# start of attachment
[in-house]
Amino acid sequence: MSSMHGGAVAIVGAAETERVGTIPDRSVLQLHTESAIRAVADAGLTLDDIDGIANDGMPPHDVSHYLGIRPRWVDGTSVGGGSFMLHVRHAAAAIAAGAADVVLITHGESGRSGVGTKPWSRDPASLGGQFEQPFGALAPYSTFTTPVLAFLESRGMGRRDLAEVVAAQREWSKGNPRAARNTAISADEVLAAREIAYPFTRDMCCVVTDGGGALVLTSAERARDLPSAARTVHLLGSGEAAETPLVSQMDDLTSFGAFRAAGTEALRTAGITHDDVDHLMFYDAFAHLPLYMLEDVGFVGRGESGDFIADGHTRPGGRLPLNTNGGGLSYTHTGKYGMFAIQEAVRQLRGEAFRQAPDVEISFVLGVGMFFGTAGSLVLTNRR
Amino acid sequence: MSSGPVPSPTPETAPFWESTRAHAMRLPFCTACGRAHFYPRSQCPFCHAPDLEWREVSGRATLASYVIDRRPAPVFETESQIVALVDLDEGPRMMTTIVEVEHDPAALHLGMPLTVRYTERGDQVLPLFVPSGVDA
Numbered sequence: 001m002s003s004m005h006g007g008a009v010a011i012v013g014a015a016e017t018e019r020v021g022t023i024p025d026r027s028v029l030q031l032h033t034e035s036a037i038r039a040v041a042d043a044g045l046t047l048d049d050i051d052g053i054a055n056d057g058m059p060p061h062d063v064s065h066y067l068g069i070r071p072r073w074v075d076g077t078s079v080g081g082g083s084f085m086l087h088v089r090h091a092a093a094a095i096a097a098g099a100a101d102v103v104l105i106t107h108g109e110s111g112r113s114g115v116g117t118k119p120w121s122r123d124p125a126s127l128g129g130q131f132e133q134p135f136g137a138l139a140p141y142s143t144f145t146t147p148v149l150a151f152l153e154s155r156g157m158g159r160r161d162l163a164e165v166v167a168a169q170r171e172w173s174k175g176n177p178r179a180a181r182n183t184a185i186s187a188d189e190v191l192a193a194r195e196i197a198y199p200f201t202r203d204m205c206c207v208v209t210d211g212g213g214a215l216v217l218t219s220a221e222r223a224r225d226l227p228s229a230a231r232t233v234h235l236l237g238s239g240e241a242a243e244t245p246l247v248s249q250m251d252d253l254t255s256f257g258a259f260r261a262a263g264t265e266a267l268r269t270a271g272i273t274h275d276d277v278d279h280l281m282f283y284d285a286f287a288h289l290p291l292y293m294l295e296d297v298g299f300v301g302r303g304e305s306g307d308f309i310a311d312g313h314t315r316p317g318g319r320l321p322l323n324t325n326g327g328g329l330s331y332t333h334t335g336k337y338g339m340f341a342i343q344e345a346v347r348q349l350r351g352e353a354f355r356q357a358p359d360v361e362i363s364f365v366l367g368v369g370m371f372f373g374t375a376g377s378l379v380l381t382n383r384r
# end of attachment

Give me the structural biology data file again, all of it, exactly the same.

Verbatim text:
[in-house]
Amino acid sequence: MSSMHGGAVAIVGAAETERVGTIPDRSVLQLHTESAIRAVADAGLTLDDIDGIANDGMPPHDVSHYLGIRPRWVDGTSVGGGSFMLHVRHAAAAIAAGAADVVLITHGESGRSGVGTKPWSRDPASLGGQFEQPFGALAPYSTFTTPVLAFLESRGMGRRDLAEVVAAQREWSKGNPRAARNTAISADEVLAAREIAYPFTRDMCCVVTDGGGALVLTSAERARDLPSAARTVHLLGSGEAAETPLVSQMDDLTSFGAFRAAGTEALRTAGITHDDVDHLMFYDAFAHLPLYMLEDVGFVGRGESGDFIADGHTRPGGRLPLNTNGGGLSYTHTGKYGMFAIQEAVRQLRGEAFRQAPDVEISFVLGVGMFFGTAGSLVLTNRR
Amino acid sequence: MSSGPVPSPTPETAPFWESTRAHAMRLPFCTACGRAHFYPRSQCPFCHAPDLEWREVSGRATLASYVIDRRPAPVFETESQIVALVDLDEGPRMMTTIVEVEHDPAALHLGMPLTVRYTERGDQVLPLFVPSGVDA
Numbered sequence: 001m002s003s004m005h006g007g008a009v010a011i012v013g014a015a016e017t018e019r020v021g022t023i024p025d026r027s028v029l030q031l032h033t034e035s036a037i038r039a040v041a042d043a044g045l046t047l048d049d050i051d052g053i054a055n056d057g058m059p060p061h062d063v064s065h066y067l068g069i070r071p072r073w074v075d076g077t078s079v080g081g082g083s084f085m086l087h088v089r090h091a092a093a094a095i096a097a098g099a100a101d102v103v104l105i106t107h108g109e110s111g112r113s114g115v116g117t118k119p120w121s122r123d124p125a126s127l128g129g130q131f132e133q134p135f136g137a138l139a140p141y142s143t144f145t146t147p148v149l150a151f152l153e154s155r156g157m158g159r160r161d162l163a164e165v166v167a168a169q170r171e172w173s174k175g176n177p178r179a180a181r182n183t184a185i186s187a188d189e190v191l192a193a194r195e196i197a198y199p200f201t202r203d204m205c206c207v208v209t210d211g212g213g214a215l216v217l218t219s220a221e222r223a224r225d226l227p228s229a230a231r232t233v234h235l236l237g238s239g240e241a242a243e244t245p246l247v248s249q250m251d252d253l254t255s256f257g258a259f260r261a262a263g264t265e266a267l268r269t270a271g272i273t274h275d276d277v278d279h280l281m282f283y284d285a286f287a288h289l290p291l292y293m294l295e296d297v298g299f300v301g302r303g304e305s306g307d308f309i310a311d312g313h314t315r316p317g318g319r320l321p322l323n324t325n326g327g328g329l330s331y332t333h334t335g336k337y338g339m340f341a342i343q344e345a346v347r348q349l350r351g352e353a354f355r356q357a358p359d360v361e362i363s364f365v366l367g368v369g370m371f372f373g374t375a376g377s378l379v380l381t382n383r384r